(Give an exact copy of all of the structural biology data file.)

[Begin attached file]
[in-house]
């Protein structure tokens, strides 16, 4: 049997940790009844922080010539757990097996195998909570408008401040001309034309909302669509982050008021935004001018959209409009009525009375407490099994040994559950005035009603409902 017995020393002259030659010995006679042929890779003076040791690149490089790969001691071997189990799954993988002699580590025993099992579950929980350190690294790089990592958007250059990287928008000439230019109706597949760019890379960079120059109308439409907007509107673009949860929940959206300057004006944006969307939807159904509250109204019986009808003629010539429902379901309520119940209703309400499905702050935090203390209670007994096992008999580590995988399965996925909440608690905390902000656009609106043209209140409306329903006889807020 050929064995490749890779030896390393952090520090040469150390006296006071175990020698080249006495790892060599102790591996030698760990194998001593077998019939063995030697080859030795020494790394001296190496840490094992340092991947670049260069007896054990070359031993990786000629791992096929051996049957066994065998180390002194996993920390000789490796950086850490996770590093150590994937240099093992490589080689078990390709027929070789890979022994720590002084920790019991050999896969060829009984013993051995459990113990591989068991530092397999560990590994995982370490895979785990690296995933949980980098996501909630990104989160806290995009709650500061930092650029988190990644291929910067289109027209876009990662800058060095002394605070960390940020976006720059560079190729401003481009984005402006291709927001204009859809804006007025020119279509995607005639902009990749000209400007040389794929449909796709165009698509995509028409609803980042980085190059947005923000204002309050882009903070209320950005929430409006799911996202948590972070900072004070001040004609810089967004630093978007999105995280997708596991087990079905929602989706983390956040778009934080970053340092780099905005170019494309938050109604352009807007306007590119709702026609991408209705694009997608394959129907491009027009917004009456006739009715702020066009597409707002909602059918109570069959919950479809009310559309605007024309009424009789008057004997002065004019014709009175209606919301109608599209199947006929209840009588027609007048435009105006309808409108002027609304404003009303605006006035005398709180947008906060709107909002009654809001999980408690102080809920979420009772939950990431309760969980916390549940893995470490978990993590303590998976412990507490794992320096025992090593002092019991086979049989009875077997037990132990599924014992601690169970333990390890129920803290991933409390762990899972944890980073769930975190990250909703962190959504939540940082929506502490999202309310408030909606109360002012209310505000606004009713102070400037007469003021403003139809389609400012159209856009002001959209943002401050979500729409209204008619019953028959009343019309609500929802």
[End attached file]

[in-house]
């Protein structure tokens, strides 16, 4: 049997940790009844922080010539757990097996195998909570408008401040001309034309909302669509982050008021935004001018959209409009009525009375407490099994040994559950005035009603409902 017995020393002259030659010995006679042929890779003076040791690149490089790969001691071997189990799954993988002699580590025993099992579950929980350190690294790089990592958007250059990287928008000439230019109706597949760019890379960079120059109308439409907007509107673009949860929940959206300057004006944006969307939807159904509250109204019986009808003629010539429902379901309520119940209703309400499905702050935090203390209670007994096992008999580590995988399965996925909440608690905390902000656009609106043209209140409306329903006889807020 050929064995490749890779030896390393952090520090040469150390006296006071175990020698080249006495790892060599102790591996030698760990194998001593077998019939063995030697080859030795020494790394001296190496840490094992340092991947670049260069007896054990070359031993990786000629791992096929051996049957066994065998180390002194996993920390000789490796950086850490996770590093150590994937240099093992490589080689078990390709027929070789890979022994720590002084920790019991050999896969060829009984013993051995459990113990591989068991530092397999560990590994995982370490895979785990690296995933949980980098996501909630990104989160806290995009709650500061930092650029988190990644291929910067289109027209876009990662800058060095002394605070960390940020976006720059560079190729401003481009984005402006291709927001204009859809804006007025020119279509995607005639902009990749000209400007040389794929449909796709165009698509995509028409609803980042980085190059947005923000204002309050882009903070209320950005929430409006799911996202948590972070900072004070001040004609810089967004630093978007999105995280997708596991087990079905929602989706983390956040778009934080970053340092780099905005170019494309938050109604352009807007306007590119709702026609991408209705694009997608394959129907491009027009917004009456006739009715702020066009597409707002909602059918109570069959919950479809009310559309605007024309009424009789008057004997002065004019014709009175209606919301109608599209199947006929209840009588027609007048435009105006309808409108002027609304404003009303605006006035005398709180947008906060709107909002009654809001999980408690102080809920979420009772939950990431309760969980916390549940893995470490978990993590303590998976412990507490794992320096025992090593002092019991086979049989009875077997037990132990599924014992601690169970333990390890129920803290991933409390762990899972944890980073769930975190990250909703962190959504939540940082929506502490999202309310408030909606109360002012209310505000606004009713102070400037007469003021403003139809389609400012159209856009002001959209943002401050979500729409209204008619019953028959009343019309609500929802």